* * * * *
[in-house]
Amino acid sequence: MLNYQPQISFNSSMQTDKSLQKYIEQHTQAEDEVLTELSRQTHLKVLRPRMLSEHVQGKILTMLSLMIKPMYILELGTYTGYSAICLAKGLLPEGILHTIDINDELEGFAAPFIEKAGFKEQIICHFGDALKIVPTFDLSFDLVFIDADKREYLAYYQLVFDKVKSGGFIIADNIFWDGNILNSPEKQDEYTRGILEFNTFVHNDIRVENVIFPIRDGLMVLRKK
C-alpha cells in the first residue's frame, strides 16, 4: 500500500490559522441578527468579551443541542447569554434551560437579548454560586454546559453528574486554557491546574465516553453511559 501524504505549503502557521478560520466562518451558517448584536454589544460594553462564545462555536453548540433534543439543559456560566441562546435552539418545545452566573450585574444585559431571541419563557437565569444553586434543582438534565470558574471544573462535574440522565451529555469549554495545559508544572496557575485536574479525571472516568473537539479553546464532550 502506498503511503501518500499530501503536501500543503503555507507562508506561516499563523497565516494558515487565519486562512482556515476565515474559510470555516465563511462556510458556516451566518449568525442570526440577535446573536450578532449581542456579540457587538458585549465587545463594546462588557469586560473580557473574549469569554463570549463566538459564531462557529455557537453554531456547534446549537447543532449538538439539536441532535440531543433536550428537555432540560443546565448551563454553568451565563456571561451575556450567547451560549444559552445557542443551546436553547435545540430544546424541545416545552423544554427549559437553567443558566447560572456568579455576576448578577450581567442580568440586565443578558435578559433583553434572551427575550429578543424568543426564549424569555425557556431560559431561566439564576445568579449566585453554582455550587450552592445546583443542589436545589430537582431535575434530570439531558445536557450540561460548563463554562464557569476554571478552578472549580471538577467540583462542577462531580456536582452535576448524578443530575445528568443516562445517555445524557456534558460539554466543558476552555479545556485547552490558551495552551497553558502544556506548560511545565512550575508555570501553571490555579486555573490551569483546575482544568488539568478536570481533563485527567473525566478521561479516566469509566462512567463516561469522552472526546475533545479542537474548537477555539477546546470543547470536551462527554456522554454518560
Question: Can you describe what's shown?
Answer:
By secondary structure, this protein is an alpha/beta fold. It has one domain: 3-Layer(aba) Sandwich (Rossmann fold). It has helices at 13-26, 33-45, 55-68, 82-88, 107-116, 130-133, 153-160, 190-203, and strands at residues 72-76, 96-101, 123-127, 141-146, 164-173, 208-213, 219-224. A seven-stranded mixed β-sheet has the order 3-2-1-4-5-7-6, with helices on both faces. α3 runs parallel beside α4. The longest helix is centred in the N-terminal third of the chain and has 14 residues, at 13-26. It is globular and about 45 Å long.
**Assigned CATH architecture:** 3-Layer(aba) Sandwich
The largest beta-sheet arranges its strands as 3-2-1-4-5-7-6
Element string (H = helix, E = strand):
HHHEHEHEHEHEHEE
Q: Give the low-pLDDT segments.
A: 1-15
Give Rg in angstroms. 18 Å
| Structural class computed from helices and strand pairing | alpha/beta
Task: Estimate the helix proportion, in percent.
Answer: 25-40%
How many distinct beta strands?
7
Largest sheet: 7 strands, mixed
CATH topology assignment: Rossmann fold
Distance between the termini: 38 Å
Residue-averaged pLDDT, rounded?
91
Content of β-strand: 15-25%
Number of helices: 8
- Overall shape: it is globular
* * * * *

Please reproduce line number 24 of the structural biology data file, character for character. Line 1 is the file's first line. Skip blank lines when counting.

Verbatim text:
Content of β-strand: 15-25%